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Hearers But Not Doers of the Word Deceive Themselves

James 1:22-27

5th Sunday after Easter, 1849

C. F. W. Walther

(Translated by E. Myers)

May God grant you all much grace and peace through the knowledge of God and of Jesus Christ our Lord. Amen.

In Christ our Savior, beloved hearers!

If a person wants to be saved, the first and most important requirement is to diligently hear, read and study God's word. Whoever does not want to do that cannot be helped, no matter how much he wants to do, pray and worry. He remains in his natural darkness, in his sins, and under God's disfavor.

The Holy Spirit who must work all good in a person does not work without means. The word is the means of grace, indeed the only means through which He works. Even Baptism and the Lord's Supper are means of grace only because of the word, because the visible outward elements are connected with the divine word. Without the word Baptism would be plain water and no baptism, and the Lord's Supper would not be Christ's body and blood, but merely bread and wine. God's word is, as it were, the hand God extends to us from heaven in order to lift us up to Himself. Whoever does not hear God's word turns away from God's hand and therefore cannot be saved.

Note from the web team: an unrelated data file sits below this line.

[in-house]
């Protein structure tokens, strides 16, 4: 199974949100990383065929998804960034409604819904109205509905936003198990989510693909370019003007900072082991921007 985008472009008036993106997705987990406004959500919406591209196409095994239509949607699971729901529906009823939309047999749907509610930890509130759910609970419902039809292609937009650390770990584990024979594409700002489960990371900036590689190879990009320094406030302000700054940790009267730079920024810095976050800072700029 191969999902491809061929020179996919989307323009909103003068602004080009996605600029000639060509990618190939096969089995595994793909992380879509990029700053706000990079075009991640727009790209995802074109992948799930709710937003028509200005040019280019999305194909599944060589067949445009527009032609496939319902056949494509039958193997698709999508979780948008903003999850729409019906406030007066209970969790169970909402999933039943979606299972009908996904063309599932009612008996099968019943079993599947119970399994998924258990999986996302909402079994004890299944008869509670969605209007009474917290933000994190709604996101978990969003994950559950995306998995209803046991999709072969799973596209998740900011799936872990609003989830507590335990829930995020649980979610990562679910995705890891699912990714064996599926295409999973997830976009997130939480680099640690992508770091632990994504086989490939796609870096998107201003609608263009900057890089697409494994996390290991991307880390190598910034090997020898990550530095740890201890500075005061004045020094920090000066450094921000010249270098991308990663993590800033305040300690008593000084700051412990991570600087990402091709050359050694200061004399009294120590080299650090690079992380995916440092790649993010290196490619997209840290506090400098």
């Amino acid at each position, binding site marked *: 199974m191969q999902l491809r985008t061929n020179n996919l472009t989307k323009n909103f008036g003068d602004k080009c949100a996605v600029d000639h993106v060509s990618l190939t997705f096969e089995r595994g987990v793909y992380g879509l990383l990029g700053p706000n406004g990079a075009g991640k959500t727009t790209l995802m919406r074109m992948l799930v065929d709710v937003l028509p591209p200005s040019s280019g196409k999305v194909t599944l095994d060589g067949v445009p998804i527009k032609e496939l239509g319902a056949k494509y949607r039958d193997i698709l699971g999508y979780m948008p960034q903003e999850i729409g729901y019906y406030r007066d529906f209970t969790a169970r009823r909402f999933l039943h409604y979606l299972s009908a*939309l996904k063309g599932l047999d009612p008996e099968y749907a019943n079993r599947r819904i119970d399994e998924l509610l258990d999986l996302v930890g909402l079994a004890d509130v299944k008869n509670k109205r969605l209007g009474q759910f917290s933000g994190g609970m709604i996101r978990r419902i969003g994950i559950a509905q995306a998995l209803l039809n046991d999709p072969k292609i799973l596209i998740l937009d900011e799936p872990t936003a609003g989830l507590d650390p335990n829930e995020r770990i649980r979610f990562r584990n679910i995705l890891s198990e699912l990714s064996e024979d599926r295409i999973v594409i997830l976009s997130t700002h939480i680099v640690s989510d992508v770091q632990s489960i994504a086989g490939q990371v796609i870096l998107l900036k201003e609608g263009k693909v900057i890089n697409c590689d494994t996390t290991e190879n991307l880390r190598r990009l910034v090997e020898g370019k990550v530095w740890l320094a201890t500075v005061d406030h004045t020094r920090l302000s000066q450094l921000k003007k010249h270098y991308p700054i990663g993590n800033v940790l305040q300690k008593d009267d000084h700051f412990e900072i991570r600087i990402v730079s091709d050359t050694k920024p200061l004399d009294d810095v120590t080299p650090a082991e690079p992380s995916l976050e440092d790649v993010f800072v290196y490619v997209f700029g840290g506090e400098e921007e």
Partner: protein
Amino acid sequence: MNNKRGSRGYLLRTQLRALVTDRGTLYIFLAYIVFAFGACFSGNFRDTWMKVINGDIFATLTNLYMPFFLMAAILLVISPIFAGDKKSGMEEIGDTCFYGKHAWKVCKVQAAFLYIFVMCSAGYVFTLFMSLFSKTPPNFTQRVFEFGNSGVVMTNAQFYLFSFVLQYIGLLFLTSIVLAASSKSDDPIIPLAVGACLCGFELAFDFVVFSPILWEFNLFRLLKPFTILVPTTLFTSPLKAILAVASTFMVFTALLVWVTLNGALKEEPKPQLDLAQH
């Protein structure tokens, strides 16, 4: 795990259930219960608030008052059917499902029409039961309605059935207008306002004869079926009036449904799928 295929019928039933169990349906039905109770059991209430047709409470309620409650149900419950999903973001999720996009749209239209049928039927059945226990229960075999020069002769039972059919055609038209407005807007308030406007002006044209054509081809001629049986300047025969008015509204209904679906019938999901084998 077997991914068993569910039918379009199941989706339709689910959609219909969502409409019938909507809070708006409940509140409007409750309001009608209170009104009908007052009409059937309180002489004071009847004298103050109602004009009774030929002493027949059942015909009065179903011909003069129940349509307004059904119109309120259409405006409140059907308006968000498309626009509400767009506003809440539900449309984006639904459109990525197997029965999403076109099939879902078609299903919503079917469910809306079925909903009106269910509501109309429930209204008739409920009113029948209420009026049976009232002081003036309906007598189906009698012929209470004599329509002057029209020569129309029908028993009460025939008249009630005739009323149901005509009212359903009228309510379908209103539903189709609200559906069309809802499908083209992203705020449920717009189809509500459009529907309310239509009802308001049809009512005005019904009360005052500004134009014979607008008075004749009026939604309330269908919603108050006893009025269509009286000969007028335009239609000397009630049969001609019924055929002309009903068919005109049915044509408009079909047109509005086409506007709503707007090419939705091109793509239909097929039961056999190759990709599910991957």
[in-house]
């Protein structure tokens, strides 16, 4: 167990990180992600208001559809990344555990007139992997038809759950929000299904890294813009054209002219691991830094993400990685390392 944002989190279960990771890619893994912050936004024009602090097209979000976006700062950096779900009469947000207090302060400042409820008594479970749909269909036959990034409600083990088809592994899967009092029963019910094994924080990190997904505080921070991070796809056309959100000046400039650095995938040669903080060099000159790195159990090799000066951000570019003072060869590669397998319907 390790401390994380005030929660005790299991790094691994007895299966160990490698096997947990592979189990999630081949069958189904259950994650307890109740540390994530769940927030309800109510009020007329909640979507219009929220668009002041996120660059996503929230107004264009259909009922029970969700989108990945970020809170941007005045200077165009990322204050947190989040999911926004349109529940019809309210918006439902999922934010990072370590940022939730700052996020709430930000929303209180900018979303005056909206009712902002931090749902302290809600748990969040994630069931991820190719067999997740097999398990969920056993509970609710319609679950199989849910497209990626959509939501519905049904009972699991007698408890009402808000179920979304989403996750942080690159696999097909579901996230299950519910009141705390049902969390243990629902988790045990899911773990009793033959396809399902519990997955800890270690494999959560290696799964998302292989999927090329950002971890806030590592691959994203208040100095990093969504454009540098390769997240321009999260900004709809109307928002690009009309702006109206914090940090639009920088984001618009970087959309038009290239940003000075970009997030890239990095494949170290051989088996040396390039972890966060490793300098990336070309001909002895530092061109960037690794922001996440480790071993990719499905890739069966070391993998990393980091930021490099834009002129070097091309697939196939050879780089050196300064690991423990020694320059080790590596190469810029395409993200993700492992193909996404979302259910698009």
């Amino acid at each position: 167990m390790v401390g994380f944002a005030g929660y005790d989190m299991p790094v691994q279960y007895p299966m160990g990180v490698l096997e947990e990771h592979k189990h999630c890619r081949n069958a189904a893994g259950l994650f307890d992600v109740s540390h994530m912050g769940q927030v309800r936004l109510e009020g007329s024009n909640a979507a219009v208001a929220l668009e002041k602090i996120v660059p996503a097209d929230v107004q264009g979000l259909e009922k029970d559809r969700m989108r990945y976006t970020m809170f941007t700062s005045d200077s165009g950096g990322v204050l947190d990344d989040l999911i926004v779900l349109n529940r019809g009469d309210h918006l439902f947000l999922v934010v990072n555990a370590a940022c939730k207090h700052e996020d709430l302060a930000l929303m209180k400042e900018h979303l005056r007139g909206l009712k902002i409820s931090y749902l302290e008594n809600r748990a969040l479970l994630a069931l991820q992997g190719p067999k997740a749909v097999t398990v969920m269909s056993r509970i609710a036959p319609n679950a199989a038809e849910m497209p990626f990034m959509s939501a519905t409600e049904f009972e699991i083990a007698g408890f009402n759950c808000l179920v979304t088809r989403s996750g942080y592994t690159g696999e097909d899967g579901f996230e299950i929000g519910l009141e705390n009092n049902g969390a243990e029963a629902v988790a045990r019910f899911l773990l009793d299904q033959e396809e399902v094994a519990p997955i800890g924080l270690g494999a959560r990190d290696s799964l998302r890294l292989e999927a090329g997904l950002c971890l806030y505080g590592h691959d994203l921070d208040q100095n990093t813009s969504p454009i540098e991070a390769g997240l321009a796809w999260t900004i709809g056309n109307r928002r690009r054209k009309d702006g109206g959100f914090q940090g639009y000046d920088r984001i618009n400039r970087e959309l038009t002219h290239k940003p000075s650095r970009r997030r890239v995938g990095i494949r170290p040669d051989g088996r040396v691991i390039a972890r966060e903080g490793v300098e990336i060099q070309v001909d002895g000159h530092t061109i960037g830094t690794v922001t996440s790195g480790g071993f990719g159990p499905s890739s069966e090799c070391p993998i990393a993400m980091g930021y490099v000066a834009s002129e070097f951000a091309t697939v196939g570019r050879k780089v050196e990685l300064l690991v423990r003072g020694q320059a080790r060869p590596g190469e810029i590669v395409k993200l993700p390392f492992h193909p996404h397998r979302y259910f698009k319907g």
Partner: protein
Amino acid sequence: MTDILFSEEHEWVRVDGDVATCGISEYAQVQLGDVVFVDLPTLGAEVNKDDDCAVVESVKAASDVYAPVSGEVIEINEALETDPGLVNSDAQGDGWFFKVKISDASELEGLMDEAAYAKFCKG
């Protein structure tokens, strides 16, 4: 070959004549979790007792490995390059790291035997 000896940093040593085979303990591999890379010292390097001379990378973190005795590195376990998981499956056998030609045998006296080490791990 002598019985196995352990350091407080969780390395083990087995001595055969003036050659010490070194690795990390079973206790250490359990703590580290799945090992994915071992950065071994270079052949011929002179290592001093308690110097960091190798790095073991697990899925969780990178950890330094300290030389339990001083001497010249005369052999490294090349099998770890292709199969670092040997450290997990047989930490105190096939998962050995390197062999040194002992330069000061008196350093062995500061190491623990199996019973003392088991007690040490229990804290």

God's word is not only the only means which shows us the way to heaven, it is also the only way by which men, who are all spiritually dead by nature, are awakened. It is also the only way by which men are enlightened, so that they learn to know themselves and Christ aright. Only God's word works faith in Christ.

God's word is the only heavenly seed which must be sown in the uncultivated field of the human heart. Otherwise the field remains waste, the weeds of error and sin continue to grow unchecked, and the heavenly plants of faith, love, and hope do not grow in it. St. Paul says: "So then faith cometh by hearing, and hearing by the word of God." (Romans 10:17)